Psoriasis is a chronic, lifelong skin condition that has no cure. The most important thing you can do to manage psoriasis is work with a dermatologist to create a treatment plan that’s right for you.
Yet the steps you take to manage psoriasis at home can be equally important. That’s where self-care comes in.
Self-care is defined as your ability to manage your own health with or without a healthcare professional. It’s a way to support your well-being on a day-to-day basis.
Psoriasis is often marked by flares and periods of remission. Self-care strategies can help relieve symptoms during times of psoriasis activity. It can also extend the time in remission.
Effective self-care can also support your relationship with your healthcare professional,
Try these self-care strategies to help you live as comfortably as possible with psoriasis.
Soaking in a lukewarm bath can help soothe skin affected by psoriasis. Just be sure to keep these tips in mind to avoid skin irritation:
- Limit your time in the bath to no more than 15 minutes each day.
- Bathe in lukewarm water.
- Cleanse with a gentle soap made for sensitive skin.
- Gently pat your skin dry.
- Apply a thick moisturizer while your skin is still damp, which will lock in moisture and help prevent your skin from drying out.
Exposing skin affected by psoriasis to natural sunlight may help improve the appearance of skin lesions.
That said, it’s important to take steps to avoid a sunburn, which can make psoriasis worse. Apply fragrance-free sunscreen to exposed skin, including psoriasis plaques.
A good rule of thumb is to aim for 5 to 10 minutes of sun exposure each day. Ask your doctor for specific recommendations on how much time is safe for you to spend in the sun.
Cleanse your skin with a gentle, fragrance-free soap made for sensitive skin.
Moisturize regularly, the American Academy of Dermatology (AAD) suggests, especially after washing areas affected by psoriasis. This helps keep moisture in your skin. It also helps reduce redness and itching.
As much as you can, avoid scratching skin with psoriasis. Try applying a cool compress to the area to reduce psoriasis itch. Using over-the-counter products containing menthol or camphor can also help soothe itchy skin.
Be gentle with psoriasis scales. Use medication like salicylic acid to soften scales before attempting to remove them.
Stress is a common psoriasis trigger. If you feel that your psoriasis gets worse when you’re stressed, it’s important to take steps to manage stress.
The AAD suggests trying relaxation techniques, like:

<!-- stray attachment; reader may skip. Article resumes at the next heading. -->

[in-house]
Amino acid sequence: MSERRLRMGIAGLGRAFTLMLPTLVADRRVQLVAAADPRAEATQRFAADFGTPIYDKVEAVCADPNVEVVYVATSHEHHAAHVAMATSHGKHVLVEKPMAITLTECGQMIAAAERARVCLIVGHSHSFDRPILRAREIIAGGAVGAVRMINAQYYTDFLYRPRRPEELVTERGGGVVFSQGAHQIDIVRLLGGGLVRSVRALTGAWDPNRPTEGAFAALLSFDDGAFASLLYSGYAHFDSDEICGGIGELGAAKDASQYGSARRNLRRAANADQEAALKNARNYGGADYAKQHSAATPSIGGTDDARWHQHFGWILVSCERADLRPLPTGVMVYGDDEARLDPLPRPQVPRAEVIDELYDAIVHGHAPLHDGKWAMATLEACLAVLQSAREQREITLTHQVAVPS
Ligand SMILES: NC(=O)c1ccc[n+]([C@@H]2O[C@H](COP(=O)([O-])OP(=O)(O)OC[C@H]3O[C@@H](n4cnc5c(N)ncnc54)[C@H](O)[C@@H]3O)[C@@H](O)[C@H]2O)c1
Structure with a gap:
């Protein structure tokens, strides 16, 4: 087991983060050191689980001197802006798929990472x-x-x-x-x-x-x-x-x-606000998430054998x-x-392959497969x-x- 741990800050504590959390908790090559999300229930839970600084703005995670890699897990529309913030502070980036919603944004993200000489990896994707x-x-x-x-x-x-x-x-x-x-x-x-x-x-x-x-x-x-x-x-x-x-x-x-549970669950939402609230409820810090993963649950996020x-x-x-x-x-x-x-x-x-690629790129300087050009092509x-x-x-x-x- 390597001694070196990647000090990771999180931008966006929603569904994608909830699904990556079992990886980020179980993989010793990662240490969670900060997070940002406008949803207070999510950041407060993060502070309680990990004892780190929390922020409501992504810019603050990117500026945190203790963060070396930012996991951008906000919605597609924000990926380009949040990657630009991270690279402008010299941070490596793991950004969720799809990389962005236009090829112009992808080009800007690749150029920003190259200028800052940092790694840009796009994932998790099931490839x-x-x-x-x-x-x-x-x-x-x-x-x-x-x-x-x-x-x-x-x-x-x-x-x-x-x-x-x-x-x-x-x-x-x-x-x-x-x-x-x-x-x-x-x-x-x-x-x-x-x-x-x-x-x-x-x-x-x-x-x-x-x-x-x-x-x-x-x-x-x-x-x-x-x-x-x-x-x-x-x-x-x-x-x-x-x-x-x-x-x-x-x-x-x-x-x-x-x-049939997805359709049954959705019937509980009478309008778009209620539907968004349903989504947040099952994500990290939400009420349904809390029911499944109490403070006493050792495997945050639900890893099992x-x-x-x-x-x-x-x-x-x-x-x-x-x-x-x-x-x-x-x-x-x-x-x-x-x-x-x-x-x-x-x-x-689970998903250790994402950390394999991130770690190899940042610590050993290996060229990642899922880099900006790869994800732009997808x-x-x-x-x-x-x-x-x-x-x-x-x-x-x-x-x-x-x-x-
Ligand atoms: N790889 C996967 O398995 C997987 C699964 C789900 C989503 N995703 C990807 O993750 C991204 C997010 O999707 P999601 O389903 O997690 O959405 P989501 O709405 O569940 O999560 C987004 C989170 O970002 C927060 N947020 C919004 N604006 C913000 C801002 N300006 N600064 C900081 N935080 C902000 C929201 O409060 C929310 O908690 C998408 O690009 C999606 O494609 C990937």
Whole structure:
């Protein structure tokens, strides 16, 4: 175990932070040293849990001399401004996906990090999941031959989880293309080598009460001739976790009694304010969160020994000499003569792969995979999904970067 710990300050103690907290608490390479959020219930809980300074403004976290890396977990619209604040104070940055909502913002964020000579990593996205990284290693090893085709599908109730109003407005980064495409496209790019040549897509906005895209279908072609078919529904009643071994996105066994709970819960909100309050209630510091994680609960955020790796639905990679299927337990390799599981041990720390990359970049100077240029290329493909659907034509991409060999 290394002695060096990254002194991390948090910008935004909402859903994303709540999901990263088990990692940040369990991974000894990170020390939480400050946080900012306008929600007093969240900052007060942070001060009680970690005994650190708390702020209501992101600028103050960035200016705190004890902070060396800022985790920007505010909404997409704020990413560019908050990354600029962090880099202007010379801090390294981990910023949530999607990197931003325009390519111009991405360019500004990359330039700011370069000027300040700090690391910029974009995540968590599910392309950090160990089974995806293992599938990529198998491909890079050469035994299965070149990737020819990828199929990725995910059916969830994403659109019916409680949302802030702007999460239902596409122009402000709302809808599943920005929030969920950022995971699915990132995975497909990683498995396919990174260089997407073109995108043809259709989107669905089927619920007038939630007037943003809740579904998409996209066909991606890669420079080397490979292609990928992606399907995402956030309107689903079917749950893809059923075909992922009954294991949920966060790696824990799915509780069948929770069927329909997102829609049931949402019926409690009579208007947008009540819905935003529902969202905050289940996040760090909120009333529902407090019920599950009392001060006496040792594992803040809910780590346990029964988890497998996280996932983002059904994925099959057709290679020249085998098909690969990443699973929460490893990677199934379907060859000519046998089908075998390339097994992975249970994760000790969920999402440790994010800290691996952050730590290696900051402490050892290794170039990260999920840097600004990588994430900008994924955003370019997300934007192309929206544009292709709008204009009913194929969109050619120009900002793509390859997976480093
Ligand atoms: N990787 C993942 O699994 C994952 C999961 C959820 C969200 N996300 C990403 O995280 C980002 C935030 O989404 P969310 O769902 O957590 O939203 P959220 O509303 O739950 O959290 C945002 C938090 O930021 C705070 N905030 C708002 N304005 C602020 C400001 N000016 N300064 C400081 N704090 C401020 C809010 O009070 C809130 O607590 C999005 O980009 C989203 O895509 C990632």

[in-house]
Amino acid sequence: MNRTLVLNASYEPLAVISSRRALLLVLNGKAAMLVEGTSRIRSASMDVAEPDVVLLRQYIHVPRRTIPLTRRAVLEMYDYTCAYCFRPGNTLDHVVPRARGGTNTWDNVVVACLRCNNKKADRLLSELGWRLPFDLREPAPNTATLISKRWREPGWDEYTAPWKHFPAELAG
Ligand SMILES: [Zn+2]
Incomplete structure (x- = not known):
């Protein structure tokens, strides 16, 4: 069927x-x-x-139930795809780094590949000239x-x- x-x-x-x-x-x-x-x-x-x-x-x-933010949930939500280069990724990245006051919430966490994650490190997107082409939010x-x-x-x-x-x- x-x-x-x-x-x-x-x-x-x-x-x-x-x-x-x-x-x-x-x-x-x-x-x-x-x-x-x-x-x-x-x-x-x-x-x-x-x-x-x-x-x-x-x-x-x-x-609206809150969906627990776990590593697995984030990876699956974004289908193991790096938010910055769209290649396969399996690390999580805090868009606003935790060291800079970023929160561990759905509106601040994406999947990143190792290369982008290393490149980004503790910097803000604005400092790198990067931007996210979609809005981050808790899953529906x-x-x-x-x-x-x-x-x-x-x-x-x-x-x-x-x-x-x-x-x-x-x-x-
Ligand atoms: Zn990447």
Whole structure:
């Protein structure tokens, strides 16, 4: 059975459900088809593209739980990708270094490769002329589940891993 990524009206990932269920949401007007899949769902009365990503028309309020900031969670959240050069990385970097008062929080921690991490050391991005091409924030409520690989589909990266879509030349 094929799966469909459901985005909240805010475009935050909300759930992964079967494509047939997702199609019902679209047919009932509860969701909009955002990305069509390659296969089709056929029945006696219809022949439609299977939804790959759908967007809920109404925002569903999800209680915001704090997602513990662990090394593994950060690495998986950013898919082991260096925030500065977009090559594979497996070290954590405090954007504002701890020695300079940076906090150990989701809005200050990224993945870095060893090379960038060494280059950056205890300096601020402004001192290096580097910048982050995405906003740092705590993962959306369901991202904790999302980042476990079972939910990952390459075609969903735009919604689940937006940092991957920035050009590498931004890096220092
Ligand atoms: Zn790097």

- deep breathing
In a 2018 survey conducted by the National Psoriasis Foundation, 10 percent of respondents said they had tried meditation to relieve psoriasis, while a little over 8 percent said they had turned to yoga for help.
High quality sleep may also help reduce feelings of stress. And there’s some evidence that lack of sleep can make psoriasis worse.
At the same time, a psoriasis flare can make it harder to sleep.
A 2016 research review found that insomnia and psoriasis are often linked. Psoriasis-related pain and itchiness are often the main culprits behind sleep loss. Taking steps to manage psoriasis symptoms may, in turn, help you get better sleep.
A balanced diet and regular exercise can help improve overall physical and mental health, according to the AAD.
Diet and exercise may help prevent health conditions related to psoriasis, like diabetes and heart disease. Healthy lifestyle habits can also lead to weight loss, which may reduce flares and help your psoriasis treatment work better.
People living with psoriasis may also have an increased risk of developing anxiety and depression,
Quitting smoking (if you smoke) and avoiding alcohol can improve how well psoriasis medications work and lead to fewer flares. It can also increase the length of psoriasis remission.
Plus, limiting or avoiding these habits can reduce your risk of developing other health conditions that affect the heart, blood vessels, liver, and gums. It can also reduce the risk of developing other autoimmune diseases, like Crohn’s disease.
Psoriasis affects everyone differently. One possible key to self-care is determining your individual psoriasis triggers so you can take steps to avoid them and prevent psoriasis flares.
According to the AAD, some common triggers of psoriasis include:
- skin injury like a cut, scrape, or bite
- alcohol use
- cold or warm weather
- systemic infection like earache or bronchitis
Try keeping a journal of when your psoriasis gets worse, noting what else you were doing at the time of a flare.
Once you can pinpoint your psoriasis triggers, you can take steps to avoid them. This can help you manage psoriasis flares and increase periods of remission.
Psoriasis is a lifelong condition.
Aside from following your treatment plan, taking additional steps to manage psoriasis can help alleviate symptoms, decrease the frequency and severity of flares, and lengthen periods of remission.
Following a psoriasis-friendly lifestyle can also improve your overall mental and physical well-being.